Twitter (X)



✍️ The best reporting last week

There’s a clear way to regulate social media

Self-regulation has failed: Anika Collier Navaroli and Ellen K. Pao describe their experience at Twitter and Reddit, and what is required for proper regulation.

Facebook Marketplace is a surreal nightmare

See the most unhinged listings: The only reason many of us bother with Facebook anymore, Thomas Germain from Gizmodo shows us his favorites.

How Instagram got its mojo back

Bouncing back from the brink: Katie Notopoulos from Business Insider outlines how Instagram beat out TikTok for growth in 2023.

X’s new video strategy is a pivot to nowhere

Going video-first by posting every other platform’s videos last: John Hermann writes for Intelligencer how X is repeating a popular playbook.

The shame of LinkedIn

Why it just feels so cringe: Emily Stewart from Business Insider swallows her pride and engages with several experts to find out why we feel like this.

🧠 Resources to level up

Gaining leads on TikTok

Grab this guide: In partnership with HubSpot, it outlines the platform’s lead generation options and best practices for success.

Make the most out of your Instagram collab posts

Ideas to boost engagement and reach: Kirsti Lang from the Buffer team walks us through everything we need to know about this important feature.

Avoid a content experience problem

You may not even know you have one: Jodi Harris from the Content Marketing Institute explains how to create an audience-centric content experience.

Add notability and transparency to Google’s EEAT

Establish credibility in the eyes of Google: Jason Barnard explains on the Search Engine Land blog how to incorporate these elements.

In partnership with Coachella: Pinterest released top fashion and beauty trends along with a curated board from celebrity stylists Chloe and Chenelle.

😲 Really?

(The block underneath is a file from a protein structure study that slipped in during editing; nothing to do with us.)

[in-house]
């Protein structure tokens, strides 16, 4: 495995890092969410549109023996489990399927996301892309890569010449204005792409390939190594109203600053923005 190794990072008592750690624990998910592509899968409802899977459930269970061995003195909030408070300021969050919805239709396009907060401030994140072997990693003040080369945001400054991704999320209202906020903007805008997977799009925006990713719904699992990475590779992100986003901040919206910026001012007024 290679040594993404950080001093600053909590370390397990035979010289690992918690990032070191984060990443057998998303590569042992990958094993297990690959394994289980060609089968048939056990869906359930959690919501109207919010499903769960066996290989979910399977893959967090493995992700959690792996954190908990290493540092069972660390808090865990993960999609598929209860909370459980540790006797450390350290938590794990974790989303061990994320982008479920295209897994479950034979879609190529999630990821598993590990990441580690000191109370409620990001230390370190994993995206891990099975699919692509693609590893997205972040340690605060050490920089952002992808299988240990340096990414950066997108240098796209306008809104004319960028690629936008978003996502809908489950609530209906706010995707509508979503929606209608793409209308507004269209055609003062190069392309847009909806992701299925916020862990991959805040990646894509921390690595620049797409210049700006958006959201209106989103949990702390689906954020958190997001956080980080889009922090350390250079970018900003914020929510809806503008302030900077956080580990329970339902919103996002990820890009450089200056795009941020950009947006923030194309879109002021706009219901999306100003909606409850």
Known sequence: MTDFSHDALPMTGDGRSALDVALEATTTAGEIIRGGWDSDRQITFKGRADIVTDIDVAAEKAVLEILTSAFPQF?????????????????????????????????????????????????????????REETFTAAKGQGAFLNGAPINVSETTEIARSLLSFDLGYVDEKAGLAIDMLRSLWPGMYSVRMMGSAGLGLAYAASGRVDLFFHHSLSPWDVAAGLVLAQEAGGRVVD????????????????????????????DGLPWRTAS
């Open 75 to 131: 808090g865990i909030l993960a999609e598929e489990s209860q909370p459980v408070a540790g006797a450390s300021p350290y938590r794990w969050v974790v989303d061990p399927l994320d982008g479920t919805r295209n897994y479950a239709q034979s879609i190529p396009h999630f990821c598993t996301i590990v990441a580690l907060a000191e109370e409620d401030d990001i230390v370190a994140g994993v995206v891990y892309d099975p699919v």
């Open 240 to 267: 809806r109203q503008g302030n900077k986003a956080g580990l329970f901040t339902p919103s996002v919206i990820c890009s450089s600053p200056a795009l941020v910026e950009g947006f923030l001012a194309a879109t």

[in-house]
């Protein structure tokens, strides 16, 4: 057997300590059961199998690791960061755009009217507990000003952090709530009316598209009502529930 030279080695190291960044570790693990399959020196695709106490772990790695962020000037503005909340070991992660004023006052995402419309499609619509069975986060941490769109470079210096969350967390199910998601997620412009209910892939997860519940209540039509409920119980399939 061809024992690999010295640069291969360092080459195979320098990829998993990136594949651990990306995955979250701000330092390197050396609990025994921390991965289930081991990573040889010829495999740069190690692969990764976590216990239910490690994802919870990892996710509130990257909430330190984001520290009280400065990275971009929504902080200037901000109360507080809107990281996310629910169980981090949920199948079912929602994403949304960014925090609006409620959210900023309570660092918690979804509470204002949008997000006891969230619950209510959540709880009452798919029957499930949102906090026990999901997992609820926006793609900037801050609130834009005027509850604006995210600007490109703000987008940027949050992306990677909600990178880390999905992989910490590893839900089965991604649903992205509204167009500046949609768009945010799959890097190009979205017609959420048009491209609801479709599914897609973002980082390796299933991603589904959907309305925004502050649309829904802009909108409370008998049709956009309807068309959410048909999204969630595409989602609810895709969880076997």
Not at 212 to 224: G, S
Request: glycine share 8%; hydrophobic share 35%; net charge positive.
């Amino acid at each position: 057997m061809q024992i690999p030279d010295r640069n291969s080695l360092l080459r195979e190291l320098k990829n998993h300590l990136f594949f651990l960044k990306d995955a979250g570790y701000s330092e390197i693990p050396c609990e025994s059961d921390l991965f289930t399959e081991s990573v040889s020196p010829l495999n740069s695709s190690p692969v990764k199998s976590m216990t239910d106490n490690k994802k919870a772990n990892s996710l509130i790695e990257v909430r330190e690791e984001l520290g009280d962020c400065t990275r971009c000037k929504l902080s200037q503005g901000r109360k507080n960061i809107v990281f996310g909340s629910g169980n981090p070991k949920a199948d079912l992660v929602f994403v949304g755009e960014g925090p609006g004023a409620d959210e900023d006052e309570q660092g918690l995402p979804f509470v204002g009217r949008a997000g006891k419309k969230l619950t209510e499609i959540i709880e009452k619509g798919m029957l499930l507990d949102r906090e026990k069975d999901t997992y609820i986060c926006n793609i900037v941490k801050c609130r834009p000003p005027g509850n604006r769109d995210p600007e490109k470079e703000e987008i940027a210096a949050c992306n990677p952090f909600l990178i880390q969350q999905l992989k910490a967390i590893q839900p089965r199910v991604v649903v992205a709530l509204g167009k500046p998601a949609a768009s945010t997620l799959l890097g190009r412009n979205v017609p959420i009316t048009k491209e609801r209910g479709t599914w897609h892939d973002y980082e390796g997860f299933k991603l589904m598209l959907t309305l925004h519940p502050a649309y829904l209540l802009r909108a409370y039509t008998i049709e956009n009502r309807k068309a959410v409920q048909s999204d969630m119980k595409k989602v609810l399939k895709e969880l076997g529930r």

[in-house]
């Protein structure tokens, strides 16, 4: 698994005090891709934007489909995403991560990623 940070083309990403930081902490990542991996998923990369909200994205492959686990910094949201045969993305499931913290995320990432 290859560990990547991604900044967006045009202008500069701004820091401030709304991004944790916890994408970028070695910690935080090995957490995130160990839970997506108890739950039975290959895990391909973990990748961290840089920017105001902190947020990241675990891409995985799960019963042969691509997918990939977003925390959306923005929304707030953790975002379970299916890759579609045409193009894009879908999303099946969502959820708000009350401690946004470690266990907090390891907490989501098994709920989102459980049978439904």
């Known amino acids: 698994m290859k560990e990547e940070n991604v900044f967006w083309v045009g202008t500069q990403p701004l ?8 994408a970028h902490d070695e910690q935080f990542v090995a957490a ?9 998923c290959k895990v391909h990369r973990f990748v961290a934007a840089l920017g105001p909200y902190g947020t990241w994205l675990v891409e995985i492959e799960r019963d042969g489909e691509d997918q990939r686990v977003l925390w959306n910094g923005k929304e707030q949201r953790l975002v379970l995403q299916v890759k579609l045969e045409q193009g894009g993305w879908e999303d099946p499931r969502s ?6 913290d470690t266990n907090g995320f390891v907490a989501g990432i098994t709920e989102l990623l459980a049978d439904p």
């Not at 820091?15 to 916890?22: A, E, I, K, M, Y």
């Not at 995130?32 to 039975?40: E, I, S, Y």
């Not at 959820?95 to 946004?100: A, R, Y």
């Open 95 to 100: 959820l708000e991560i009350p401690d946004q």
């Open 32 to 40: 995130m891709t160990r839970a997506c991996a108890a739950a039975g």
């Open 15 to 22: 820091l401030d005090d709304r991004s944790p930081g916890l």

‘Shrimp Jesus’ is a thing on Facebook

AI-generated horrors abound: It started with Jesus being formed out of sea life like shrimps, crabs and sea horses. Other popular images show artistic renditions of Jesus carved into sand or built out of wood and other materials. More recently, a crossover with female flight attendants from East Asia or young Black children have become common. The posters are gaming the algorithm, since Facebook rewards posts that garner many ‘Amen’ comments. The images have received hundreds of millions of engagements according to a new paper which studied 120 of these pages. Unsurprisingly, the creators are ignoring Meta’s rules of labelling AI-generated content on its platforms until it can implement methods to automatically detect and label such content. Worryingly, some users appear to be unaware the images have been digitally created. The ultimate goals are to redirect users to off-platform virus-laden content farms, to scam people with non-existent products, or to obtain their personal information. Legitimate pages have also been stolen and repurposed for this use, with at least one former page owner explaining Meta has ignored all their complaints.

Shrimp Jesus AI image from Facebookl

No, I don’t need to see this in 3D, thanks Facebook!